Marianne sat in her bed, bored except for the ladybugs to watch. Mother was busy downstairs doing the wash and trying to keep Joseph and Jimmy out of trouble. They were only three and couldn’t be left alone. But Marianne was older and didn’t need to be watched. She was the big girl. So big that Mom said she was a big helper. Marianne had even gotten a sweatshirt with “Junior Mom” embroidered on it. Embroidered was a big deal. She’d only had the press on pictures before. But the embroidered “Junior Mom” showed how much Mom loved her, because she’d done the embroidery and given Marianne the sweatshirt for her sixth birthday. It was a light pink and the lettering was bright pink. Marianne’s favorite color, pink, always reminded her of love – Valentine’s love. The color of the last valentine Daddy had given her before he left.
Her room was pink and white. Well, really, the only thing that was white was the wicker dresser. The rest — walls, carpet, drapes, bedding, even her hairbrush – were varying shades of pink, even the stuffed animals.
Today, a Thursday, Marianne was wrapped up like a sausage in her pink down comforter and sheets with only her fever, boredom and Lulu, her favorite rabbit, to keep her company. She was sandwiched in her bed under the fluffy comforter squashed on the side by her collection of books as she watched two ladybugs walk across the screen of her window. They took their time.
“Lulu,” Marianne spoke to the well-worn rabbit in her arms. “Where do those ladybugs come from? Mom says they come every fall to visit me. But it isn’t like we open the door and say, ‘Welcome to our home. Come in.'”
Lulu didn’t answer.
Marianne continued, “So, which corner do you think they will walk to? I think that one.” She pointed to the upper right corner of the window. Pulling Lulu to her ear to listen closer, Marianne strained to hear. “You think the other corner? The top left?” Marianne listened intently as Lulu continued. Murmuring to her special wooby, she nodded her head. “You want a race? Yes. Yes. Okay.”
Together, the best friends watched the two ladybugs.
At first, the ladybugs stayed still, clinging to the screen with their six legs delicately gripping the fiberglass yarns. Slowly, they started to move. “Yes,” Marianne spoke softly cheering her ladybug on. Her race bug was heading to the upper right corner. “Yes. Yes. Go.” It flew for a moment, turning to the left. But then it stopped, perhaps to get his breath, landing on the screen inches closer to the left corner than the right. It was a long journey for such a little bug.
“Come on. You can do it.” Marianne crawled to her knees on the bed. Her voice rose with excitement as if she was cheering on the Chicago Bears, her favorite football team. “Go. Go. Go.” Still no movement.
Marianne imagined herself riding the flying race bug as a jockey rides a horse. Leaning forward, she patted the bug’s fat neck as her legs, covered by the four wings, gripped the back. “Go. Go. Go.” She held the reins and tapped the hindquarters with her heels leaning even closer to whisper, “Yes! Yes! Yes!”
The ladybug started moving again. Three steps to the right. It stopped and turned to the left, where it noticed it rival, Lulu’s ladybug. “Wait. You’re going in the wrong direction,” Marianne coaxed. “No. This way.” The ladybug paused – sensing its jockey’s urgency. Marianne pulled the reins to the right as she leaned in the direction she wanted to go. “Yes. Yes. Yes. Yes. This way.” The ladybug briefly turned right as if it meant to move, but it stopped again.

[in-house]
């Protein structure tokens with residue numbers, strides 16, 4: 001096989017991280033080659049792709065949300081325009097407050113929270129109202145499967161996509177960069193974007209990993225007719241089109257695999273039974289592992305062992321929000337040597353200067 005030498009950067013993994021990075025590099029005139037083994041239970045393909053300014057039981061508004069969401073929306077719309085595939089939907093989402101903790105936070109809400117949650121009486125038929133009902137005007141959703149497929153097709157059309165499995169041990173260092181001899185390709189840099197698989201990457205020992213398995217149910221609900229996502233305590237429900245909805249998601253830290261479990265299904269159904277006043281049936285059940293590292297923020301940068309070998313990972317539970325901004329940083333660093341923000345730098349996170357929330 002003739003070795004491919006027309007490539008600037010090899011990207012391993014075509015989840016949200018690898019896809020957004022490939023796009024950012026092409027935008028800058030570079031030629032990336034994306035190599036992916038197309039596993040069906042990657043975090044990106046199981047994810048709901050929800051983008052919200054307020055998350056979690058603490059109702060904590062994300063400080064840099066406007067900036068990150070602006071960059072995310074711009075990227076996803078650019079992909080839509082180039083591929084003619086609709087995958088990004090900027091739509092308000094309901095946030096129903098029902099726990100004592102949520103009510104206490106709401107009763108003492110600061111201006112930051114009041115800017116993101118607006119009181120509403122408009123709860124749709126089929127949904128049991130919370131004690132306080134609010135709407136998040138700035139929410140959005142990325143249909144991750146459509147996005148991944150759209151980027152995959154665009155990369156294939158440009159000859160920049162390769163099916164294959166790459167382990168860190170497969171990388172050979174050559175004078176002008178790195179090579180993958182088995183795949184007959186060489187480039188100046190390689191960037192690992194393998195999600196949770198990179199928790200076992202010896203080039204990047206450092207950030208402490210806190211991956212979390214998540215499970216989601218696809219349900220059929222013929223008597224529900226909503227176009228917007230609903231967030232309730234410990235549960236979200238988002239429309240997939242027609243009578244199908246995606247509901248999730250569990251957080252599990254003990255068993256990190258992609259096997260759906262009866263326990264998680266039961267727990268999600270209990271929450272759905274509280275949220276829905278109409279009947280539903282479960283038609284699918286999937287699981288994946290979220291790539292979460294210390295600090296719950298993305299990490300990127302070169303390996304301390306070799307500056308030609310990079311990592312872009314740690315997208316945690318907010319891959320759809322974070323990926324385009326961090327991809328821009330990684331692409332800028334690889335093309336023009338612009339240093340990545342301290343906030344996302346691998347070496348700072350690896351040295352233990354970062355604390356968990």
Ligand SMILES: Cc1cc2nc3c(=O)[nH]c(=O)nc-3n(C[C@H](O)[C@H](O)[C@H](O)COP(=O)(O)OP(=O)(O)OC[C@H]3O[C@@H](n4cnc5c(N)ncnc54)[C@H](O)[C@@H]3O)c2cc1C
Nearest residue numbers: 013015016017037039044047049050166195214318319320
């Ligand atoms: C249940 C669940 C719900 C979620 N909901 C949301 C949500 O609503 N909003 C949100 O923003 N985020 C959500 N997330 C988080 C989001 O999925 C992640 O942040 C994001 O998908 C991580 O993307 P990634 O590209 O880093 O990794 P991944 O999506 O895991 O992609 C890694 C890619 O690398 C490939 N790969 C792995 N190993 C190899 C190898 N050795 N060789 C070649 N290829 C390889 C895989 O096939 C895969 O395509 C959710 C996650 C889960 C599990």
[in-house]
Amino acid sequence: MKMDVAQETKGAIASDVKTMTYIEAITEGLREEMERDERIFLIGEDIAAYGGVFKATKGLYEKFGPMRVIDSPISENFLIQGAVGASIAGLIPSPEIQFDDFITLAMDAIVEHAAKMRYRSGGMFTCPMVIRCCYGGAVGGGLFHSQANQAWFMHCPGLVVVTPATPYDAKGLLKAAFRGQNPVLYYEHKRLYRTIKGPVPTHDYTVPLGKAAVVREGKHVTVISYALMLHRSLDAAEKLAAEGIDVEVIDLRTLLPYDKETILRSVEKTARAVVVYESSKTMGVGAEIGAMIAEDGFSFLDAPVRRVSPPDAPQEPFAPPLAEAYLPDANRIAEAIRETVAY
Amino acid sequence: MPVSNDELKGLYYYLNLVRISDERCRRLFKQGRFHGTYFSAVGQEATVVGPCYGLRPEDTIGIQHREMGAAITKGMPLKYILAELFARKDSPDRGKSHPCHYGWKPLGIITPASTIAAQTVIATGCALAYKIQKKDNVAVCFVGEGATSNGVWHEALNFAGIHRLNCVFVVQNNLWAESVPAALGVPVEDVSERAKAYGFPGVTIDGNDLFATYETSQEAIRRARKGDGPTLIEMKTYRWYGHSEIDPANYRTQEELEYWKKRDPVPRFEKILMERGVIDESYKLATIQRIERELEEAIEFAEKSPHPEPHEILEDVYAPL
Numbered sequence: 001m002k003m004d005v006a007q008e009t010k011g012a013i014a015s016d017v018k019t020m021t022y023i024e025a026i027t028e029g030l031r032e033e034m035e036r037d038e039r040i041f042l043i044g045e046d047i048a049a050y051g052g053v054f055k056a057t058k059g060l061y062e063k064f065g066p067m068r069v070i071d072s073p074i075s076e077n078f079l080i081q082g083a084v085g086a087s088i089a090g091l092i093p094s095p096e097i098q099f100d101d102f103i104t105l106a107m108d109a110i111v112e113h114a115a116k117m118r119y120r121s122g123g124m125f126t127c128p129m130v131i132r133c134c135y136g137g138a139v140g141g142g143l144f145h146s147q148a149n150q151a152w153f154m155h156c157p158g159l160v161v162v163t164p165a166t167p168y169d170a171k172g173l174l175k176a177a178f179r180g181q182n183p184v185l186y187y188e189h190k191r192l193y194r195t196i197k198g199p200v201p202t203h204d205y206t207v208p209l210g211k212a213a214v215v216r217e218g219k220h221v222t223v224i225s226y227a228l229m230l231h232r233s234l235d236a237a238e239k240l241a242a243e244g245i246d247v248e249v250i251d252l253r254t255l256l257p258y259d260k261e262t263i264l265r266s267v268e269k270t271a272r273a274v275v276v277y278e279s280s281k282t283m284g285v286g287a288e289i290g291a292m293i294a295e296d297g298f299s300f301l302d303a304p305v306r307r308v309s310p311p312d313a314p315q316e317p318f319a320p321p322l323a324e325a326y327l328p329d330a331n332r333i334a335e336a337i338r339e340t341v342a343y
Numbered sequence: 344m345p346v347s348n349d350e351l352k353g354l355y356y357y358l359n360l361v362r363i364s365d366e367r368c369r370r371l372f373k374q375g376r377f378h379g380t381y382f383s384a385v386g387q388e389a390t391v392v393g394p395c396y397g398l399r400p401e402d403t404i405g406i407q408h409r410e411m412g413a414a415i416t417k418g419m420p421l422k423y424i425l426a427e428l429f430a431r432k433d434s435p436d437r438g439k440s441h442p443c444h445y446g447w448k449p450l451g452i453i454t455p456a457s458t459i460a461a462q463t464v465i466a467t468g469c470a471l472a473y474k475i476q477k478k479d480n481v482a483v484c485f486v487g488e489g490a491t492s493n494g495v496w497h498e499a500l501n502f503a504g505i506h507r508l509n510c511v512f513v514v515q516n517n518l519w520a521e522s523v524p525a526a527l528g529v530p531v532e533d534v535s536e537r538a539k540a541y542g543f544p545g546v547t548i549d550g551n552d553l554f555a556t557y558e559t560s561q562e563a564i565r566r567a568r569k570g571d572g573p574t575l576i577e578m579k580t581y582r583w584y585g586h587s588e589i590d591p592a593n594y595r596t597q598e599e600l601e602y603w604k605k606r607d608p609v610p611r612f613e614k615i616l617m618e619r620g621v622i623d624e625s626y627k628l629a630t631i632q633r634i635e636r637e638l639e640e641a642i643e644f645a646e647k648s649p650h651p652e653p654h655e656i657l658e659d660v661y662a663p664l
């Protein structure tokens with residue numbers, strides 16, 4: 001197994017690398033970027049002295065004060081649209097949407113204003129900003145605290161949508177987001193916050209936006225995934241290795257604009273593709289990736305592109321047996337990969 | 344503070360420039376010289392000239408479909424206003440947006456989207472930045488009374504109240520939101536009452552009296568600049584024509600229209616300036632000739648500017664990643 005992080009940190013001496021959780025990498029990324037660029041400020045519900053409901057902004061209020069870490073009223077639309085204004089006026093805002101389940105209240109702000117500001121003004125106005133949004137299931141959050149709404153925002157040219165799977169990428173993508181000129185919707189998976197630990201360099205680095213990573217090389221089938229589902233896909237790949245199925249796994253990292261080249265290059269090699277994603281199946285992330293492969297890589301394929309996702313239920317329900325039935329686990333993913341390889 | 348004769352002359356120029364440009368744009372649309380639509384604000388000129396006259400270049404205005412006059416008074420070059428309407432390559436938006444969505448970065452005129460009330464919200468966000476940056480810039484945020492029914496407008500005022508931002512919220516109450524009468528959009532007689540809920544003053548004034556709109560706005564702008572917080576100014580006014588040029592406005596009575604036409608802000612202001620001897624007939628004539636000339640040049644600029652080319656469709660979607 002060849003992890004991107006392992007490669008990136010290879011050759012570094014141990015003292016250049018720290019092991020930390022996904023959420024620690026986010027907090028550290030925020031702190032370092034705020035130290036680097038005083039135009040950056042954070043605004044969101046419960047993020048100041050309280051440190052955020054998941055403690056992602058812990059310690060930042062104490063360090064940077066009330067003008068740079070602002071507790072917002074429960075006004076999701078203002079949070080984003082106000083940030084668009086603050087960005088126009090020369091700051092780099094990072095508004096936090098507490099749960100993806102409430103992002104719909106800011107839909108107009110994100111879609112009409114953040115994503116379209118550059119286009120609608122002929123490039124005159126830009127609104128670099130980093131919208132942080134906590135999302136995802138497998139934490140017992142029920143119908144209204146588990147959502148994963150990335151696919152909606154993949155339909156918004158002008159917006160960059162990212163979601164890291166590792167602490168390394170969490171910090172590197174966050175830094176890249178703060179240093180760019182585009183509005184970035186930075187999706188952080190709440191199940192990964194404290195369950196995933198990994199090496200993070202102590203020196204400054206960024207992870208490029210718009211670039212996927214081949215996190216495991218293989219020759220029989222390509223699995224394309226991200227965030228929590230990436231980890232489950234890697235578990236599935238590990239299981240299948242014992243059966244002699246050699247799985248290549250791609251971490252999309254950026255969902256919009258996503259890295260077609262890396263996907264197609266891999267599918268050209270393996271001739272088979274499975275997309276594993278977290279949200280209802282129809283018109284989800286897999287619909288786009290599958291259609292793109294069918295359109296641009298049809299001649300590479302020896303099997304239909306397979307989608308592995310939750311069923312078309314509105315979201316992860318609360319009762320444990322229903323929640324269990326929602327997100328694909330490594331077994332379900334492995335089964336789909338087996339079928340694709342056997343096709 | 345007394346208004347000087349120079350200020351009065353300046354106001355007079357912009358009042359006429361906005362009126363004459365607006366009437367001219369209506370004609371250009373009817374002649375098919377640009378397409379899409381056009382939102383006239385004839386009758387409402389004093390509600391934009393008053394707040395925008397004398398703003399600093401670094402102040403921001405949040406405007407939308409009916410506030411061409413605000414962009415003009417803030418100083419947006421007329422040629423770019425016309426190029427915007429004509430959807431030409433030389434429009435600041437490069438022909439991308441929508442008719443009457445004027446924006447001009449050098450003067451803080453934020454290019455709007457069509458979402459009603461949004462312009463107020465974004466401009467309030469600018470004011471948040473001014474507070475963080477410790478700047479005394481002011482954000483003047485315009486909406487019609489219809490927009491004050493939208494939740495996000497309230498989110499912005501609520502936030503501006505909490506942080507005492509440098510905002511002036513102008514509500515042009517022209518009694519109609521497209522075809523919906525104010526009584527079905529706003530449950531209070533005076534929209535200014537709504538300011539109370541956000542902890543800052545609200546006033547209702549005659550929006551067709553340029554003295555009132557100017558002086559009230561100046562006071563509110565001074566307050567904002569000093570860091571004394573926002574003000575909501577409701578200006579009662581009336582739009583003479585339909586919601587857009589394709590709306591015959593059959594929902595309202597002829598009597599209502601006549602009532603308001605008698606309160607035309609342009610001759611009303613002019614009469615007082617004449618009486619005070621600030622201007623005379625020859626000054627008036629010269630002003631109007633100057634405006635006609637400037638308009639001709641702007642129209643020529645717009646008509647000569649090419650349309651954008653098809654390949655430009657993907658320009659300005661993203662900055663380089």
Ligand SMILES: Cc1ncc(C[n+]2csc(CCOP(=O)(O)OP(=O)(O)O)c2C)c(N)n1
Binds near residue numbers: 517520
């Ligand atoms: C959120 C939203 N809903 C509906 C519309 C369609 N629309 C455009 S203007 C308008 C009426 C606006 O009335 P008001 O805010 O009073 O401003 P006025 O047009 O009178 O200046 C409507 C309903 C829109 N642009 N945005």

Marianne imagined holding a miniature carrot in front of her fine stead, encouraging it to move to the right corner. Looking over her left shoulder, she watched as Lulu rode his ladybug in a straight line toward the upper left corner of the window.
Whispering to the ladybug, Marianne leaned forward and urged it onward. “I believe in you. Yes. I do. You can do it.” One step at a time, Marianne’s ladybug started walking to the right corner.
Lulu and her ladybug stalled. Marianne watched Lulu pat the bug’s wings; her paw gently tapped the wing’s spots as she tried to urge the ladybug to the finish line.
“Yes. I believe. Yes. I believe. Yes. I believe,” Marianne’s voice grew louder and louder as she cheered her ladybug to the corner. “Yes. Yes. Yes. Go. Go. Yes. I believe.” Marianne’s heart beat faster and faster, almost exploding from her chest as they raced to the finish line. Triumphant, Marianne threw her fists in the air. The reins fell from her hands. She turned to look over her shoulder at their competition. They had beat Lulu and her ladybug by only a few yarns. Victory!
“We did it!” In the bed, Marianne squeezed Lulu around her scrawny well-loved, pink neck. They bounced on the bed. Marianne shouted, “My ladybug won. We won. Yes! Yes! Yesssssss! We won.”
“Marianne, what is all the racket up here?” Mom smiled. She stopped in the doorway with a blue plastic basket of dirty laundry balanced on her right hip.
“Oh Mom, isn’t it wonderful? My ladybug and I won the race. We went to the top corner. The one over there by the roses. Isn’t it wonderful?”
“Yes sweetheart,” Mom chuckled. “Let me feel your head. You certainly look like you are feeling better.” She reached over and laid a cool hand on Marianne’s forehead, then her cheek. “Your fever is coming down. You should be able to get out of bed by dinner.”
“Oh Lulu. Isn’t that good news? We get to stay in bed and race ladybugs some more.” Marianne and Lulu chose the next two ladybugs that had flown onto the window. “I want that one. The one on the bottom. You can have the one next to it.” Together, they watched and cheered as their ladybugs crossed the racetrack of the screen. “Go. Go. Yes. I believe!” Marianne cheered. Her voice rose with anticipation. “Yes! Yes! Yessss.”
Mom closed the bedroom door. A chuckle could be heard, if Marianne had been listening.
“The only thing that would make this better Lulu was if the ladybugs were pink.”